By Annette Brownlee

A Reading from Sirach 31:12-18, 25; 32:2

12 Are you seated at the table of the great?
Do not be greedy at it,
and do not say, “How much food there is here!”
13 Remember that a greedy eye is a bad thing.
What has been created more greedy than the eye?
Therefore it covers the face with tears.
14 Do not reach out your hand for everything you see,
and do not crowd your neighbor at the dish.
15 Judge your neighbor’s feelings by your own,
and in every matter be thoughtful.
16 Eat what is set before you like a well brought-up person,
and do not chew greedily, or you will be despised.
17 Be the first to stop, as befits good manners,
and do not be insatiable, or you will give offense.
18 If you are seated among many persons,
do not help yourself before they do.
25 Do not try to prove your strength by wine-drinking,
for wine has destroyed many.

2  When you have fulfilled all your duties, take your place,
so that you may be merry along with them
and receive a wreath for your excellent leadership.


Some Protestants are quite uncomfortable that the lectionary contains readings from the Apocrypha. They come by this reaction honestly. In the 16th century, Puritans forbade the use of these books as a part of their commitment to sola scriptura. The 1646 Westminster Confession declares, “The books commonly called Apocrypha, not being of divine inspiration, are no part of the Canon of the Scripture; and therefore are of no authority in the Church of God.”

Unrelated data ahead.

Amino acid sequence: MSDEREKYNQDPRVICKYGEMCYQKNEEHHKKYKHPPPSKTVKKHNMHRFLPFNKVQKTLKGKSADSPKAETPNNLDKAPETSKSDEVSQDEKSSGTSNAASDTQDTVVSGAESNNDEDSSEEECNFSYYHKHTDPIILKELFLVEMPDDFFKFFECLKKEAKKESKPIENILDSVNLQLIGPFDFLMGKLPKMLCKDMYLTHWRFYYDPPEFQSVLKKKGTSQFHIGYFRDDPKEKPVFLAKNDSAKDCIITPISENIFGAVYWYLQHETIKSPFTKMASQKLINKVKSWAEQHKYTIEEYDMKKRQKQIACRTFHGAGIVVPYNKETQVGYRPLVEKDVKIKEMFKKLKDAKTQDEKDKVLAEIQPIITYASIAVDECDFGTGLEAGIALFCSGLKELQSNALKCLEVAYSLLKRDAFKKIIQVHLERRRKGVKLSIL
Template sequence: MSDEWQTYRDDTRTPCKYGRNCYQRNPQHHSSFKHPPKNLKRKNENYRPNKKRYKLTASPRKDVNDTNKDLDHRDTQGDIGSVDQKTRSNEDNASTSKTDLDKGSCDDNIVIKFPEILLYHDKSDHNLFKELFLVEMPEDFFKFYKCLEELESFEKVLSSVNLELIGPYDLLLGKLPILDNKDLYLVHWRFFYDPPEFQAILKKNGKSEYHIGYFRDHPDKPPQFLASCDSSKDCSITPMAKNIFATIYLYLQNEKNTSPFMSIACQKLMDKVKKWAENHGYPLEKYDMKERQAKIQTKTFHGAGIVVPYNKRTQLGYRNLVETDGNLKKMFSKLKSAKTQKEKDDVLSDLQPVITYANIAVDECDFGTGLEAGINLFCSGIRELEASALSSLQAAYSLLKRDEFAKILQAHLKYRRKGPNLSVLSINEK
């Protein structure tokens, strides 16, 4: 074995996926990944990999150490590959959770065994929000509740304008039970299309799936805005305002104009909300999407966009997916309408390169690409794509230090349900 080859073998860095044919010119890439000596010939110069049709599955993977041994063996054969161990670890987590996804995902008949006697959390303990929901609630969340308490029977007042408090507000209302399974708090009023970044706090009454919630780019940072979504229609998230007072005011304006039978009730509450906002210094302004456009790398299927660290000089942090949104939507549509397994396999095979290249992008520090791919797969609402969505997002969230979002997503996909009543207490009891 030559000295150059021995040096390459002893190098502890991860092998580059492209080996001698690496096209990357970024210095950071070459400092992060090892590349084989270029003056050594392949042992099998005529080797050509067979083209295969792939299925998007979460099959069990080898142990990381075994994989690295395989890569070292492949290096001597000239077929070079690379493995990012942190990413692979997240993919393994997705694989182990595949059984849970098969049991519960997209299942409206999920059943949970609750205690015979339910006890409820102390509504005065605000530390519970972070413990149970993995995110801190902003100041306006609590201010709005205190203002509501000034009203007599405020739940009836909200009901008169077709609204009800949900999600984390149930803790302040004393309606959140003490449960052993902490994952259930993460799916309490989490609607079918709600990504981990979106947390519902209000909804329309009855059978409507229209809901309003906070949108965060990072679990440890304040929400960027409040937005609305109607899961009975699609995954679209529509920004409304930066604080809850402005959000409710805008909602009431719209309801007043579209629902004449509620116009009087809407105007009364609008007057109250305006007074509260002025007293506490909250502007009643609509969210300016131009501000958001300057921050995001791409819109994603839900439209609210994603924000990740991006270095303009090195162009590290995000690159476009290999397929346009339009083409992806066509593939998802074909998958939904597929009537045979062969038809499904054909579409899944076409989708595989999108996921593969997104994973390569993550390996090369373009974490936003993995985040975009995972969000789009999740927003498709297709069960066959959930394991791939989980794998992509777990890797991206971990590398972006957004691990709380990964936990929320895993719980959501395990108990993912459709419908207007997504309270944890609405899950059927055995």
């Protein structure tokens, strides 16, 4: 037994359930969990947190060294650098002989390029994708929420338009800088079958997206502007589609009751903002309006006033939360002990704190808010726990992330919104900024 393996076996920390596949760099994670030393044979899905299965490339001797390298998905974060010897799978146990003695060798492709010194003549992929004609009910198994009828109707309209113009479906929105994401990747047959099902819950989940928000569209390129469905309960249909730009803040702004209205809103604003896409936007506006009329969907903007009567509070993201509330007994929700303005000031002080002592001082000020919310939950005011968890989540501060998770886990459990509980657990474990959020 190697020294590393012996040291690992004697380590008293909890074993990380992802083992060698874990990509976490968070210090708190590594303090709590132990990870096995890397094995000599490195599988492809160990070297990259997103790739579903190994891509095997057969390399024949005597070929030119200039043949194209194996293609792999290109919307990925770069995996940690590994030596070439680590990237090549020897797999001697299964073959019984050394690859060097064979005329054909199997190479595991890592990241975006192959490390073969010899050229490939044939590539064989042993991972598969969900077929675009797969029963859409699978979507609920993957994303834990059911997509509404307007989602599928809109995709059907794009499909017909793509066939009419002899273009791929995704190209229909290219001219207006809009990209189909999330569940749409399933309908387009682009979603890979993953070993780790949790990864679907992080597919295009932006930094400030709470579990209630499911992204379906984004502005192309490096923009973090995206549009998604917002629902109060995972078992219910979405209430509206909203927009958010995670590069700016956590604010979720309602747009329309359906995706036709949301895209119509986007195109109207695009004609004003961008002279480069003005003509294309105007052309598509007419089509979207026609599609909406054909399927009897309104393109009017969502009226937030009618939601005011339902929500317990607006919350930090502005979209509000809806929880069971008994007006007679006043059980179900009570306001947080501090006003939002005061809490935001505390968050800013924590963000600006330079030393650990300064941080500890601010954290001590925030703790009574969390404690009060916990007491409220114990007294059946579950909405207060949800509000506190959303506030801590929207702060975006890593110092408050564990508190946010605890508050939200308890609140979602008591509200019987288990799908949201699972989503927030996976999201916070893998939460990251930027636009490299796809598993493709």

But the Apocrypha are found in the earliest translations of the Bible. The reception of them by Jerome, Athanasius, Luther, Calvin, and others is stated in the 39 Articles and remains the Anglican church’s teaching on them to this day:“The church doth read for example and life and instruction of manners; but yet doth it not apply them to establish any doctrine.”

So what does this passage teach us about life? It warns of the power of our appetites, here food and drink, in the context of our neighbor. This is not just a teaching about moderation in food and drink (think Mediterranean diet). It is about the destructive power of greed. Here it warns of the power of the greedy eye (31:13). This passage is about the greedy eye’s appetites for food and wine. We could expand this list a hundredfold. How much is greed at the heart of the corruption of nations and economic injustice?

This Apocryphal teaching is about the corruptive power of our greedy eyes, even in daily things. Scripture tells us what to do with our eyes, knowing greed’s power to destroy. “I will set no worthless things before my eyes,” the psalmist declares (Ps. 101:3). Instead, “since we are surrounded by such a great cloud of witnesses, let us throw off everything that hinders and the sin that so easily entangles. And let us run with perseverance the race marked out for us, fixing our eyes on Jesus, the pioneer and perfecter of faith” (Heb. 12:1).

The Rev. Dr. Annette Brownlee is chaplain, director of field education, and professor of pastoral theology at Wycliffe College, Toronto. She also assists and preaches at St. Paul’s L’Amoreaux in Scarborough.

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St. George’s Church, Dayton, Ohio
The Diocese of New Hampshire


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